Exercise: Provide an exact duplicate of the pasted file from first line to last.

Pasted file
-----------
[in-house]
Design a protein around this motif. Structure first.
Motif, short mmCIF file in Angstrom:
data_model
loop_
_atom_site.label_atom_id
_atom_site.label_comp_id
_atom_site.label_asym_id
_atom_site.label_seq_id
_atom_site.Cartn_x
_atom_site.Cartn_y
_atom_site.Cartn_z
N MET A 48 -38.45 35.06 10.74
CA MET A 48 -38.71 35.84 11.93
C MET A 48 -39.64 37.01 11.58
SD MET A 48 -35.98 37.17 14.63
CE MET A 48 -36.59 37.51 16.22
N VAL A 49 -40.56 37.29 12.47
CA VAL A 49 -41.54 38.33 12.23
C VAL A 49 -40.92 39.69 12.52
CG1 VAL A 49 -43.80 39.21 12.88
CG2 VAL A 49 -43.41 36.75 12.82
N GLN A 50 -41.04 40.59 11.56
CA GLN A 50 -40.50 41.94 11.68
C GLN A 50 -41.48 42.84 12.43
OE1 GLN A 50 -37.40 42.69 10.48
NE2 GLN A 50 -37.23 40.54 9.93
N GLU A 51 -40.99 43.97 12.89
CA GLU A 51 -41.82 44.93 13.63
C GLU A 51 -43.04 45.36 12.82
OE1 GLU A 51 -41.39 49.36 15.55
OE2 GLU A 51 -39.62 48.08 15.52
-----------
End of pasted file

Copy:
[in-house]
Design a protein around this motif. Structure first.
Motif, short mmCIF file in Angstrom:
data_model
loop_
_atom_site.label_atom_id
_atom_site.label_comp_id
_atom_site.label_asym_id
_atom_site.label_seq_id
_atom_site.Cartn_x
_atom_site.Cartn_y
_atom_site.Cartn_z
N MET A 48 -38.45 35.06 10.74
CA MET A 48 -38.71 35.84 11.93
C MET A 48 -39.64 37.01 11.58
SD MET A 48 -35.98 37.17 14.63
CE MET A 48 -36.59 37.51 16.22
N VAL A 49 -40.56 37.29 12.47
CA VAL A 49 -41.54 38.33 12.23
C VAL A 49 -40.92 39.69 12.52
CG1 VAL A 49 -43.80 39.21 12.88
CG2 VAL A 49 -43.41 36.75 12.82
N GLN A 50 -41.04 40.59 11.56
CA GLN A 50 -40.50 41.94 11.68
C GLN A 50 -41.48 42.84 12.43
OE1 GLN A 50 -37.40 42.69 10.48
NE2 GLN A 50 -37.23 40.54 9.93
N GLU A 51 -40.99 43.97 12.89
CA GLU A 51 -41.82 44.93 13.63
C GLU A 51 -43.04 45.36 12.82
OE1 GLU A 51 -41.39 49.36 15.55
OE2 GLU A 51 -39.62 48.08 15.52